BIRDING THE LUNE ESTUARY, THE UPLANDS OF BOWLAND AND BEYOND

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CLOUGHA PIKE UNTIL RECENT YEARS THE BOWLAND STRONGHOLD FOR THE STONECHAT. PETE WOODRUFF.

Tuesday, 28 January 2014

Bewick's Swans In The UK.

The Bewick's Swan in Eurasia - race bewikii - is a high Arctic breeder, nesting on the Russian tundras from the Kanin Peninsula across to the Chukchi sea.
    
Bewick's Swan. Marc Heath.

Given the mild temperatures, many Bewick's Swans (BS) have stayed further east this winter, mostly in Germany an important staging area for the BS since the 1950s, mainly in the Baltic region in the north-east on autumn and spring migrations. It's not uncommon to see between 2,000-4,000 BS wintering in Germany, but counts indicate that there are at least 5,000 in Germany this winter, some BS have not even made it to Germany with around 300 remaining in Poland. 

To date this winter the lowest number of BS are recorded at Slimbridge since 1965, with around 1,000 on the Ouse Washes when 5,000 might be expected. The Netherlands is encountering similar to the UK and there appears to be no more than 4,800 BS wintering there at the moment, a country that can host up to 13,000 BS every winter. 

The BS is a wintering bird to be found in Lancashire annually and, although it's difficult to know how many individuals are involved, this winter has seen more BS in our own recording area of Glasson/Cockersands than ever before, and I have recorded them on 14 occasions since my first sighting of 4 Cockersands 4 November, and I have seen BS during December and January since, the peak count has been of 22 on 25 November when I found 6 on the Lune Estuary at Glasson Dock, and 16 at Cockersands later the same day, my last sighting to date was of 13 Cockersands 20 Jan, this group included 3 juveniles making the record an even more interesting one.

Historically, Clifford Oakes recorded the BS as....'on the whole a more regular immigrant than the Whooper Swan, and more widespread'....whilst in earlier years F.S.Mitchell writes of it being....'rarely seen'....Oakes lists low number records, and ends his account with a solitary mid-winter bird at the mouth of the River Douglas near Hesketh Bank in 1938.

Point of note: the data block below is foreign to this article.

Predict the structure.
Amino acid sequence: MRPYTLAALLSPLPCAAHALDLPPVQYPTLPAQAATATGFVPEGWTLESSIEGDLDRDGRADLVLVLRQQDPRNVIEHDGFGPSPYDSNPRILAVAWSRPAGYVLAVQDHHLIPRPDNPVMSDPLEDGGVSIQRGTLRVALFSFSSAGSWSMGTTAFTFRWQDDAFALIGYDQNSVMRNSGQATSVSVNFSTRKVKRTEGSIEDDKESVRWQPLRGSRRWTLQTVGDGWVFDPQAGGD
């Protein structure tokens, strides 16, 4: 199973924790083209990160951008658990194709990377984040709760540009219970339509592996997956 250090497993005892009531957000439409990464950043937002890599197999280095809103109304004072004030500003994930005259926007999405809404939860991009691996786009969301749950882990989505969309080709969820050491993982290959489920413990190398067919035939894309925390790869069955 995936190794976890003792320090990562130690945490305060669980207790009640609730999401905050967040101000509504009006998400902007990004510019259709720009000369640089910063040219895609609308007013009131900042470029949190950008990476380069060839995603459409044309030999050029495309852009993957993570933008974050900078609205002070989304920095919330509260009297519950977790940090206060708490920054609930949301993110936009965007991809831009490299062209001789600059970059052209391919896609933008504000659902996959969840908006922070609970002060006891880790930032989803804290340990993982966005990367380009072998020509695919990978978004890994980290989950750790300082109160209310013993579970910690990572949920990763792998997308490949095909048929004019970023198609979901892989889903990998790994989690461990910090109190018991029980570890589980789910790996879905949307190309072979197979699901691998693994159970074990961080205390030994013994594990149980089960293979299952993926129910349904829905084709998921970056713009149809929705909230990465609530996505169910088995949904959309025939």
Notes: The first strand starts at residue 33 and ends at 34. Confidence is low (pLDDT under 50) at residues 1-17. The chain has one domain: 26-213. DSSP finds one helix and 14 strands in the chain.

The Bewick's Swan was first recognised as having visited Britain in 1829 when English ornithologist William Yarrell noticed the bones of a swan corpse found during the winter of 1823-24 to be different from those of the Whooper Swan, following research on this discovery he eventually claimed and named the bird as a BS in memory of Thomas Bewick who died in 1828.

Some interesting data came to light in a Bewick's Swan census conducted in 2005, which resulted in a record of 7,216 birds in Britain and Ireland combined. However, two weeks later nearly 300 more than this total were found in a roost count of 7,491 on the Ouse Washes alone.

An Exceptional Record was of a British ringed BS which was re-sighted in Iceland a winter destination for the Whooper Swan. This bird was marked at Welney in Norfolk and is presumed to have joined the Whooper Swans on migration in the spring.

Thanks to Marc Heath for the Bewick's Swan image.

And finally....



In relation to the mention above of the Chukchi Sea, read this about the giant....'Shell’s plans to drill for oil in the Arctic’s Chukchi Sea have been handed a major setback'....read more www.corpwatch.org

1 comment:

Noushka said...

Hi Pete,
The Bewick's Swan is gorgeous, what lovely pic from Marc!
One swan I would be thrilled to get close to!
I hope you are well,
Kind regards